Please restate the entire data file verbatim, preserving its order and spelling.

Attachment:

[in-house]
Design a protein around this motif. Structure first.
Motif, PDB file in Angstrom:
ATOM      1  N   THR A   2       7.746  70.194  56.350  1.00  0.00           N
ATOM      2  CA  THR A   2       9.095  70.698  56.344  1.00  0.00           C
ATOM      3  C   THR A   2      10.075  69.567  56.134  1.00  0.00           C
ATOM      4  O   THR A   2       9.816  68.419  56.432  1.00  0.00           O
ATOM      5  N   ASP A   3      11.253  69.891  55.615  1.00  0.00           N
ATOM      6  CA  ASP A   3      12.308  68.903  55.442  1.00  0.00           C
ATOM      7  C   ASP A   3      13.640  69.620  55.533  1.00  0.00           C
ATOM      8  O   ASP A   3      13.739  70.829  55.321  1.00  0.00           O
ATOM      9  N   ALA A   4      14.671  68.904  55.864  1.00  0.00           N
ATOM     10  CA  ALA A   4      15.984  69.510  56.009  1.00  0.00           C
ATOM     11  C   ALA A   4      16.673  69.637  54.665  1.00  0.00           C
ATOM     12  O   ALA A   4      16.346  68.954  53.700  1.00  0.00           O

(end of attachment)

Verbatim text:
[in-house]
Design a protein around this motif. Structure first.
Motif, PDB file in Angstrom:
ATOM      1  N   THR A   2       7.746  70.194  56.350  1.00  0.00           N
ATOM      2  CA  THR A   2       9.095  70.698  56.344  1.00  0.00           C
ATOM      3  C   THR A   2      10.075  69.567  56.134  1.00  0.00           C
ATOM      4  O   THR A   2       9.816  68.419  56.432  1.00  0.00           O
ATOM      5  N   ASP A   3      11.253  69.891  55.615  1.00  0.00           N
ATOM      6  CA  ASP A   3      12.308  68.903  55.442  1.00  0.00           C
ATOM      7  C   ASP A   3      13.640  69.620  55.533  1.00  0.00           C
ATOM      8  O   ASP A   3      13.739  70.829  55.321  1.00  0.00           O
ATOM      9  N   ALA A   4      14.671  68.904  55.864  1.00  0.00           N
ATOM     10  CA  ALA A   4      15.984  69.510  56.009  1.00  0.00           C
ATOM     11  C   ALA A   4      16.673  69.637  54.665  1.00  0.00           C
ATOM     12  O   ALA A   4      16.346  68.954  53.700  1.00  0.00           O